HAMPTON, Ga. -- Once the most hated man in NASCAR, Darrell Waltrip ends his long career as one of its most beloved drivers.
He spent his early years in stock cars listening to boos from fans and demeaning comments from other drivers. Almost 29 years later, he heads to the Fox broadcast booth as a Winston Cup favorite.
''You bet I'd rather be loved than hated,'' Waltrip said as he prepared for the season-ending NAPA 500 at Atlanta Motor Speedway.
He should be well prepared to be a TV analyst.
Longtime racing great Cale Yarborough nicknamed Waltrip ''Jaws'' after listening to him jabber on about everything that was wrong with NASCAR's rules and attitudes -- and after trading paint with the brash youngster many times.
''The man could flat talk,'' Yarborough said, shaking his head. ''I guess what really made a lot of people mad was that he talked and talked and he backed it up on the racetrack. He sure wasn't shy about anything.''
The 53-year-old Waltrip admits he was a little too wild and a real hell-raiser as a young man in his native Owensboro, Ky.
''But when I got to NASCAR, I was only saying what was on my mind,'' he said. ''I guess there were a lot of people, including Big Bill France, who didn't like that very much.''
It's true that France, the founder of NASCAR, often told people that Waltrip needed to ''shut his mouth and drive.'' But eventually, even the grand old man came to enjoy Waltrip.
''My dad knew talent when he saw it,'' said Bill France Jr., the NASCAR president and a longtime friend of Waltrip. ''We're all going to miss him on the racetrack.''
But there's little doubt it's time for Waltrip to head to the TV booth, where his folksy wit and loquacious ways should help NASCAR build an audience for its new $28.8 billion TV deal with NBC, Fox and Turner.
Waltrip's best days on the track are long behind him.
He remains tied for third on the career winner's list with 84 victories, but the last of those came in September 1992 in the Southern 500. Waltrip hasn't finished among the top 10 in points since he was ninth in 1994, and the last of his three Winston Cup championships -- all while driving for Junior Johnson -- came in 1985.
''That was the most productive period of my career, when Junior and I were together,'' Waltrip said. ''There was just something magical about that deal. He gave me great cars and great equipment and I drove the heck out of them. We knew how to win.''
Although he was already a star of some magnitude when he left Bill Gardner's DiGard Team to drive for Johnson in 1981, Waltrip was just beginning to find his way into the hearts of fans, who had considered him a threat to their real heroes -- Yarborough, Richard Petty, David Pearson and Bobby Allison.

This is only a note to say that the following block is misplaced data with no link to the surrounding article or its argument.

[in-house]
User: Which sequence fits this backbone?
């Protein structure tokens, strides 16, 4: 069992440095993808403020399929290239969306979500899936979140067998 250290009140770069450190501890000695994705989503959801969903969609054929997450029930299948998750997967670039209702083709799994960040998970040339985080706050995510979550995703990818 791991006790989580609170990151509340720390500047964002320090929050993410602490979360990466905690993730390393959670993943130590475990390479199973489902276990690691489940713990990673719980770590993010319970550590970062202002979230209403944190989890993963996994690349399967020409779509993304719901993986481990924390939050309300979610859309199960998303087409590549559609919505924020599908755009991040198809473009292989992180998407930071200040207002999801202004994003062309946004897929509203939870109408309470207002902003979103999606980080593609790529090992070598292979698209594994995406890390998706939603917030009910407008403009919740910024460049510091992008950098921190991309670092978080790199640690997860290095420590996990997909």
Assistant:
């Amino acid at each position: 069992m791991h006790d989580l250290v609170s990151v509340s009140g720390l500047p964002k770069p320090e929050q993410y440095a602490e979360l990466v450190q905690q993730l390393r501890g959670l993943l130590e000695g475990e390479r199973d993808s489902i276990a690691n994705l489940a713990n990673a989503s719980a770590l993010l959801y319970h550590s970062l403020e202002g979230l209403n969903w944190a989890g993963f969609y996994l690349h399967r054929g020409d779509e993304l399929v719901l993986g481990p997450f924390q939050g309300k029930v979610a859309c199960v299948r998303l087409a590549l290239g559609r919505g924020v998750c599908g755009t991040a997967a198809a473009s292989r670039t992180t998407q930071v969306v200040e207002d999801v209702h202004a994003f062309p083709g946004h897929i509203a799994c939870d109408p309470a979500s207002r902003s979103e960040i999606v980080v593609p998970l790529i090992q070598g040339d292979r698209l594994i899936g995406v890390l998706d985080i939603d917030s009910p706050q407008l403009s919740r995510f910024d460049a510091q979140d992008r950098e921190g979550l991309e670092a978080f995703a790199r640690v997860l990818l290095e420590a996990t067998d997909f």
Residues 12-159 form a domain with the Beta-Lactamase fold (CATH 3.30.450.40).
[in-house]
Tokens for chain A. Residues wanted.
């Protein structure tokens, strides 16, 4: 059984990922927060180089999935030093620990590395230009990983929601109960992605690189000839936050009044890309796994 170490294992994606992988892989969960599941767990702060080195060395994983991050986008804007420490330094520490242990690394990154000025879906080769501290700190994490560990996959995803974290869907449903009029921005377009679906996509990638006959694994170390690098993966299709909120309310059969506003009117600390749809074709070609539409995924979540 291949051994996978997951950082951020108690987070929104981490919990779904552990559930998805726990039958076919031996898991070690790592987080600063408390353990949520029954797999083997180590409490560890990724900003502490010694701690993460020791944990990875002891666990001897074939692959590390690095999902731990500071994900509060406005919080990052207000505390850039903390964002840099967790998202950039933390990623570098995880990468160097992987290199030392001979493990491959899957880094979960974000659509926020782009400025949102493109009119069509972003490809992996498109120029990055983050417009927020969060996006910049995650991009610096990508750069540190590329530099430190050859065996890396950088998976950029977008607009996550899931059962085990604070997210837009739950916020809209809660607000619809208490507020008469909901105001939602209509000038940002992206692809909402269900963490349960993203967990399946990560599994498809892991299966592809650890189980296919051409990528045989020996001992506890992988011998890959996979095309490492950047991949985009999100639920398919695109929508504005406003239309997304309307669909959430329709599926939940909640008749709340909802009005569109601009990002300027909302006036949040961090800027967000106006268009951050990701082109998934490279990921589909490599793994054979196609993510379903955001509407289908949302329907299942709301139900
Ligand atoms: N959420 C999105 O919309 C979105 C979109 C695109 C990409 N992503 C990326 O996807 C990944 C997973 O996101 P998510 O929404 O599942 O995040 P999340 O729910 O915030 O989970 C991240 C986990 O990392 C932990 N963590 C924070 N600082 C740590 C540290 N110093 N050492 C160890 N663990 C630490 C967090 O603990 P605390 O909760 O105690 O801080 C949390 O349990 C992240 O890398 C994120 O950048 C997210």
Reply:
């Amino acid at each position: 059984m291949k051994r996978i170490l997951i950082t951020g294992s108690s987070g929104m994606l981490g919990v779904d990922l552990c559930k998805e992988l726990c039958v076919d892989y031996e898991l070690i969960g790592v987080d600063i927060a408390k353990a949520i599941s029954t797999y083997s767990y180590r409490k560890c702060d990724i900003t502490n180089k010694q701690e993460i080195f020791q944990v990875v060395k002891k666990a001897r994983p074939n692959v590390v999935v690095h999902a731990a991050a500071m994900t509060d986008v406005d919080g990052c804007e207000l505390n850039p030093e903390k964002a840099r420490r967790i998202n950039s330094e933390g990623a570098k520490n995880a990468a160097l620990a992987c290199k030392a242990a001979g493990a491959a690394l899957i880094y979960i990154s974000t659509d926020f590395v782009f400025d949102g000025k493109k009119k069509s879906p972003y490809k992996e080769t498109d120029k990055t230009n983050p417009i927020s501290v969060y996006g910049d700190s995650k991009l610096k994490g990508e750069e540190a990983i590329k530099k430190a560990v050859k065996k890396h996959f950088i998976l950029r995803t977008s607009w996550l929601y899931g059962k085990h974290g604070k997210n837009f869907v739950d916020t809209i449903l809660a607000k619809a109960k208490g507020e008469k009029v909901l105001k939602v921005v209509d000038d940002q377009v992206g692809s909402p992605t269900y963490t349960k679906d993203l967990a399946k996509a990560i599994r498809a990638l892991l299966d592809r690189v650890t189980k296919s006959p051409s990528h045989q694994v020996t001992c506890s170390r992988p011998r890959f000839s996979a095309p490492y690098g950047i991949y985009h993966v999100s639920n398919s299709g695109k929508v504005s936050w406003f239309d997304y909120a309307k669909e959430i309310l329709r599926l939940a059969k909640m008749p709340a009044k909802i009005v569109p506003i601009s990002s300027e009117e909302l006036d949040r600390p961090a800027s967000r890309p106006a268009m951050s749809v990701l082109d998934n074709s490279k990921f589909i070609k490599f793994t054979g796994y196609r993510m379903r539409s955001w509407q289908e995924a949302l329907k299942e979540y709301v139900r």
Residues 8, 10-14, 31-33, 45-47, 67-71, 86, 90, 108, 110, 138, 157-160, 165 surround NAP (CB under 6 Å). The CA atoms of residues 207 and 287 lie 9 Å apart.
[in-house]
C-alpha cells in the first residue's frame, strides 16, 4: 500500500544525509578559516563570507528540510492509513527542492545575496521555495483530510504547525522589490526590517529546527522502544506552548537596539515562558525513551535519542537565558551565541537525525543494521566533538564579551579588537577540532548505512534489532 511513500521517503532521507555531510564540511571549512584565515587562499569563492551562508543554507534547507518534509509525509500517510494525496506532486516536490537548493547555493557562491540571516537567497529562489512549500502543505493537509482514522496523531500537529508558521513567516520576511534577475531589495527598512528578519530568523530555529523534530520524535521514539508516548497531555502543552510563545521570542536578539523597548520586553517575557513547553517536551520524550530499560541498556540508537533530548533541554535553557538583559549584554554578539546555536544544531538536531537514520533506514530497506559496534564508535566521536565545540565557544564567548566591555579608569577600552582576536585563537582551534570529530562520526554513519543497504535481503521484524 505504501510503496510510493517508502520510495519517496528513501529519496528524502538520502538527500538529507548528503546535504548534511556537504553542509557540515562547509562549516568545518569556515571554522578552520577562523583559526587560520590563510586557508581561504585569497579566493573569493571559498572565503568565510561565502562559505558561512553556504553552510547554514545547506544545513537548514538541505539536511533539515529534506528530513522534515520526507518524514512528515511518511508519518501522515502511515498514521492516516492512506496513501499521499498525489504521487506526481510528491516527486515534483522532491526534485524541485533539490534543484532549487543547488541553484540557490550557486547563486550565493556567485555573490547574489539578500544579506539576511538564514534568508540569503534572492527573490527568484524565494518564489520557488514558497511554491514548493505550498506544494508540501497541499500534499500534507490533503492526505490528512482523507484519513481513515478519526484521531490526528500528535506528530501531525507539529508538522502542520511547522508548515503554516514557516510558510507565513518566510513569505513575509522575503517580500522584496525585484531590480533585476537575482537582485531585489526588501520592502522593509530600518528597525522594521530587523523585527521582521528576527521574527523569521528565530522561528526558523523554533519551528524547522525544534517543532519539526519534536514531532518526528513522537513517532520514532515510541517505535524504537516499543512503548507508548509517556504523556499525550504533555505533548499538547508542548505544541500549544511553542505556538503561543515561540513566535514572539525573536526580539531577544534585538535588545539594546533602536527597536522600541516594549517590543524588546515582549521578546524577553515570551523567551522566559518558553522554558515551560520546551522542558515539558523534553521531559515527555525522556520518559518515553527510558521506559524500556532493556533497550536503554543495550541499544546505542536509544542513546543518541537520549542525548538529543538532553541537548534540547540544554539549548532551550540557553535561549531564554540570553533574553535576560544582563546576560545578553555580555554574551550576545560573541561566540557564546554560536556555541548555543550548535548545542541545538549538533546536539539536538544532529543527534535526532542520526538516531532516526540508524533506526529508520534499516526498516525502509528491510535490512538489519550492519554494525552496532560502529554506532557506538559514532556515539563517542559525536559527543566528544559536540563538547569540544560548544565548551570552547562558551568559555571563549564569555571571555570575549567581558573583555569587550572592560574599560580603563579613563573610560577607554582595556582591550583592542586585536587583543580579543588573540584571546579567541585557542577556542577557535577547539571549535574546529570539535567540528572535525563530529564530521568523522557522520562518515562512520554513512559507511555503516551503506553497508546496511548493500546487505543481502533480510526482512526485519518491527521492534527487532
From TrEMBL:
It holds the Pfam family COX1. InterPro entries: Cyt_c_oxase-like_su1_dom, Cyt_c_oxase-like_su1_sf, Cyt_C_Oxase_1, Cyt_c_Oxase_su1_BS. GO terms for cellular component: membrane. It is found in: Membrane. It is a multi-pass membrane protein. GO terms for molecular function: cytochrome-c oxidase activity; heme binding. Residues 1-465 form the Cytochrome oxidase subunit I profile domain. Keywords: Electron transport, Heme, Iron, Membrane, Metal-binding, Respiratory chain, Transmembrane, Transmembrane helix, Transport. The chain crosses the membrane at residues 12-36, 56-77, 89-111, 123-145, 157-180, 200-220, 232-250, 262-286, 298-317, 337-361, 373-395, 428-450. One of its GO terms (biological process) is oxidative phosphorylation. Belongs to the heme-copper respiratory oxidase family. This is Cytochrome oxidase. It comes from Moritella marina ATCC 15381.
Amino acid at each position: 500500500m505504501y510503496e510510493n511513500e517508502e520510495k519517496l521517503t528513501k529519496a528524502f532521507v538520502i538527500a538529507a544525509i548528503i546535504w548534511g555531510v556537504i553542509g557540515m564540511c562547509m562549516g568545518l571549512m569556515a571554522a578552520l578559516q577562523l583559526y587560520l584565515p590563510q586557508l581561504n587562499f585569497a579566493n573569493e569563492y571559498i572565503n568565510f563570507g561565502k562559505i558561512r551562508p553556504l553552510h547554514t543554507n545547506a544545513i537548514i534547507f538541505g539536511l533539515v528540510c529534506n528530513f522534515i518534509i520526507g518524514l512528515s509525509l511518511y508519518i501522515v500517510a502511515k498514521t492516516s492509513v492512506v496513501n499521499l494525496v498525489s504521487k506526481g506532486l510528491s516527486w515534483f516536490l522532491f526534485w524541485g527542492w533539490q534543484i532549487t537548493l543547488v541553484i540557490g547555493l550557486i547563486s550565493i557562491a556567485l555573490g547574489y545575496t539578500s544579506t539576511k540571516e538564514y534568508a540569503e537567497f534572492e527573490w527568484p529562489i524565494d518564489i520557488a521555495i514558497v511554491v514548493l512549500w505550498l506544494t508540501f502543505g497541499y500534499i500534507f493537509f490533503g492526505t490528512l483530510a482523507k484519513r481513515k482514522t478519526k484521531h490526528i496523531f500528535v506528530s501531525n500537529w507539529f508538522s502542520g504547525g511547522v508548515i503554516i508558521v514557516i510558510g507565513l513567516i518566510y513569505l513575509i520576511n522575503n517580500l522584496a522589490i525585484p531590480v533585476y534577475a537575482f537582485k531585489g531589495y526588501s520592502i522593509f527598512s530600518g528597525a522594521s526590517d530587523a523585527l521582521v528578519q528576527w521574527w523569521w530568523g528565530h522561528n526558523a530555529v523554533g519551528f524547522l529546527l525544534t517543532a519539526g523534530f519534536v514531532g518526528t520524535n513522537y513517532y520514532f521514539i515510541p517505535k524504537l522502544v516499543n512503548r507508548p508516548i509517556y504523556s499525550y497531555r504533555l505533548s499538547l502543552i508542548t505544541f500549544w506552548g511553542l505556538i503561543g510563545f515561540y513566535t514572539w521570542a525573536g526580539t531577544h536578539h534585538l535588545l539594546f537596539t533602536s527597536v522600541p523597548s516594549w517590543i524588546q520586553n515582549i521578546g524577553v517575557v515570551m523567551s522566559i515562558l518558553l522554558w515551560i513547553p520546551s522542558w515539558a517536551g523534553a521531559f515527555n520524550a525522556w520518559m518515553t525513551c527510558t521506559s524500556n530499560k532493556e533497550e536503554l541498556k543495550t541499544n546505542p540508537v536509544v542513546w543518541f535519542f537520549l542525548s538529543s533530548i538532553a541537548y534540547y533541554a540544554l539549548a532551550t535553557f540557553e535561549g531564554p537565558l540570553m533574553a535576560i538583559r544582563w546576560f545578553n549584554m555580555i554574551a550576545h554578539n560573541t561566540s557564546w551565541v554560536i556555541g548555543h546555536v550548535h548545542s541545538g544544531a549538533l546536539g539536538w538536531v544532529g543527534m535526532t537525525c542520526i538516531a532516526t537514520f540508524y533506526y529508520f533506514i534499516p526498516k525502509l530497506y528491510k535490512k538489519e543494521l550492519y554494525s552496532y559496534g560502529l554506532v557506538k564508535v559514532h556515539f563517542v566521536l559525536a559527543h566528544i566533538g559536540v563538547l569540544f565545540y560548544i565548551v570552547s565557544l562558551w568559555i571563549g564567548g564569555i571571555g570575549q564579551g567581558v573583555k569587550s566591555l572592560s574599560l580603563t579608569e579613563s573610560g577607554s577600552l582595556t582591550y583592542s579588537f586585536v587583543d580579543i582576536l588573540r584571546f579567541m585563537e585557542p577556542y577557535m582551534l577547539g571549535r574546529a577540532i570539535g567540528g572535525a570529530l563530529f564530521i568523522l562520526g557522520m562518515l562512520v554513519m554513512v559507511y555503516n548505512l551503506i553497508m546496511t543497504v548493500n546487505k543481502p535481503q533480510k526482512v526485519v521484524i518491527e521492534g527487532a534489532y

In his six seasons with Johnson, Waltrip won 43 races and -- as the older stars began to fade -- he gained respect and admiration.
''I guess people began to accept who I was after I'd been around long enough for them to realize that what they were seeing was really me,'' Waltrip said. ''Whatever the reason, I'm glad people liked me better. Nobody likes to be booed.''
Jeff Gordon has never been as outspoken as Waltrip, but the 29-year-old superstar was met with much the same attitude from the fans -- the boos serenading him any time he showed his face or got passed on the track.
''I guess you can look at that as a form of respect,'' Gordon said. ''Darrell was making people mad because he was beating the guys they loved. I was making people mad because they thought I was winning too much.
''In the end, though, you can't deny that Darrell Waltrip is one of the greatest drivers of all time. Eventually, people realized what they were seeing and began to appreciate him. The sport will be poorer for his retiring.''
But maybe Waltrip is getting out just in time. His stature has been fading the past few years as he has struggled just to qualify for races and has been uncompetitive more often than not.
Going into Sunday's race, Waltrip is 37th in the standings and has not managed a top-10 finish in 27 starts.
''I've never felt that I couldn't get in the car and win, and I still don't,'' Waltrip said. ''I believe, with the right equipment and the right circumstances, I could still be competitive. But everything has an ending, and it's time for me to step out of the car and do something else.
''I won't miss those boos I used to hear, but I sure will miss the cheers.''
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